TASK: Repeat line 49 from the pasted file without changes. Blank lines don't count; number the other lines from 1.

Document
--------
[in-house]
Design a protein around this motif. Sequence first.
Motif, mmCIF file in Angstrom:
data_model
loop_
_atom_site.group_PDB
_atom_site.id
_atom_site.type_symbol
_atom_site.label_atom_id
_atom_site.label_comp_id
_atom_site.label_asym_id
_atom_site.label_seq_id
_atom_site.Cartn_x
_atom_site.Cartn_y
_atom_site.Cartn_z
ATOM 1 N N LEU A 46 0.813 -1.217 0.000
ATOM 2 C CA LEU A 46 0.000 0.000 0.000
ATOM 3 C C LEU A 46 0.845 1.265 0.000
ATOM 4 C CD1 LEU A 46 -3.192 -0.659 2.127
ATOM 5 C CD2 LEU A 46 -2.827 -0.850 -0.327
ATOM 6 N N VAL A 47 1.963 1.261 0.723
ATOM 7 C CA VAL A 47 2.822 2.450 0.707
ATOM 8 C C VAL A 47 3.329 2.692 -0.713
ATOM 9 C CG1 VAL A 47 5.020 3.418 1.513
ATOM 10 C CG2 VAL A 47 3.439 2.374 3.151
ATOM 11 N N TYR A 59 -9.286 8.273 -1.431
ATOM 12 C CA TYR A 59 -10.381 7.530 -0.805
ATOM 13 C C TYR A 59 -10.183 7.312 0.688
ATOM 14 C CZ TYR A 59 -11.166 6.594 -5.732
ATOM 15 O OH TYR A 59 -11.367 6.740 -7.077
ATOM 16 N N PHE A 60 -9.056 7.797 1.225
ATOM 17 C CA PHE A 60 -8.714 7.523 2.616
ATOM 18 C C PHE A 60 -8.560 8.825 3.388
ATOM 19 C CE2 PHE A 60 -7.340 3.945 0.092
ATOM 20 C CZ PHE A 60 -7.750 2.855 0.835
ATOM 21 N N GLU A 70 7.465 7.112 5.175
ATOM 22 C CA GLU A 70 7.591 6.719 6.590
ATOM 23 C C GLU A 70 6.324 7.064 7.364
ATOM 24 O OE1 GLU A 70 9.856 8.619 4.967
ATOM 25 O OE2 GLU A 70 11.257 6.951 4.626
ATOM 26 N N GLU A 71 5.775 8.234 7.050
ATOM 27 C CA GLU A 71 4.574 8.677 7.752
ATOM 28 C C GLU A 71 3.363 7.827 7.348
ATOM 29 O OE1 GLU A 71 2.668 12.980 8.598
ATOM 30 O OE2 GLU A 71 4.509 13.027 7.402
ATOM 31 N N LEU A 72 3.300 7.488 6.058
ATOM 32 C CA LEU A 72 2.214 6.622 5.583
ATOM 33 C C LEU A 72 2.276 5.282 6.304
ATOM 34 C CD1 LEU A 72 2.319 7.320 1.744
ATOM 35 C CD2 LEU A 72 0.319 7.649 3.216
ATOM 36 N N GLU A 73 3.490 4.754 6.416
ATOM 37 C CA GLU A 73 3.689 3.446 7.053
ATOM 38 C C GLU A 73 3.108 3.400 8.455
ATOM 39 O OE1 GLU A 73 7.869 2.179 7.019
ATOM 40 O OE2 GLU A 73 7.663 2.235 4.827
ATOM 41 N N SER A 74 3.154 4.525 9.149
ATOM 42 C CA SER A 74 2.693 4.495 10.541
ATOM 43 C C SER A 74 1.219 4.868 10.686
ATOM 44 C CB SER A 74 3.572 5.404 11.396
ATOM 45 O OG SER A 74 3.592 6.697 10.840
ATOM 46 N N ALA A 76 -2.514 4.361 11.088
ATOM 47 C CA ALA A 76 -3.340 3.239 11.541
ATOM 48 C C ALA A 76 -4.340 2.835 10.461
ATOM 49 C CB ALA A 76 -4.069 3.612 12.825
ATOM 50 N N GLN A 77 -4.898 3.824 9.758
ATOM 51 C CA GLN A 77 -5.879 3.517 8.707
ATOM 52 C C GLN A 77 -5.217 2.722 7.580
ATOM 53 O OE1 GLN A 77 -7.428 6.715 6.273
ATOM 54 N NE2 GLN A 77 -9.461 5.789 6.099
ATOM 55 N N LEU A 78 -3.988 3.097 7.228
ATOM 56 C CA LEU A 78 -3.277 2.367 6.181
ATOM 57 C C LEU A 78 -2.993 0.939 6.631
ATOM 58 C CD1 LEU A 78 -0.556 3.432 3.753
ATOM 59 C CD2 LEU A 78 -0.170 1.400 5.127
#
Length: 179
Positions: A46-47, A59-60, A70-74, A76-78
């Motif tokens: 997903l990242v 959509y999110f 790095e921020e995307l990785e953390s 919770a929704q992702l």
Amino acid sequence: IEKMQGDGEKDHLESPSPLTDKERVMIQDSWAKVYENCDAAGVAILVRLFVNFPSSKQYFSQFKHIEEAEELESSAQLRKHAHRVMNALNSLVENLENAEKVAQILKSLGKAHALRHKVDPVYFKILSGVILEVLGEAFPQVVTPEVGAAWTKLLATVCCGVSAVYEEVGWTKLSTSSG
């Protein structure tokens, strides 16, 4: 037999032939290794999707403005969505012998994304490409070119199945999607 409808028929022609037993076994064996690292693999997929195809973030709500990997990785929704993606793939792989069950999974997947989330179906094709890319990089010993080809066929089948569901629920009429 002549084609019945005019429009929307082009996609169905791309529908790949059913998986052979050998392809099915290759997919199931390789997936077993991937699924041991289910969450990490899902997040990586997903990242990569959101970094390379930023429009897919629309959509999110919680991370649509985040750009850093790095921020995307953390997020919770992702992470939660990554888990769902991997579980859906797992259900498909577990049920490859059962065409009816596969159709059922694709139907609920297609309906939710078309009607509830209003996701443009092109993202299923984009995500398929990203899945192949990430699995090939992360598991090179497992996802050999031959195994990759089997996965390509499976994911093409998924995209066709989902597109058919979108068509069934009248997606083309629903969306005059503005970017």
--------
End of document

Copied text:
ATOM 34 C CD1 LEU A 72 2.319 7.320 1.744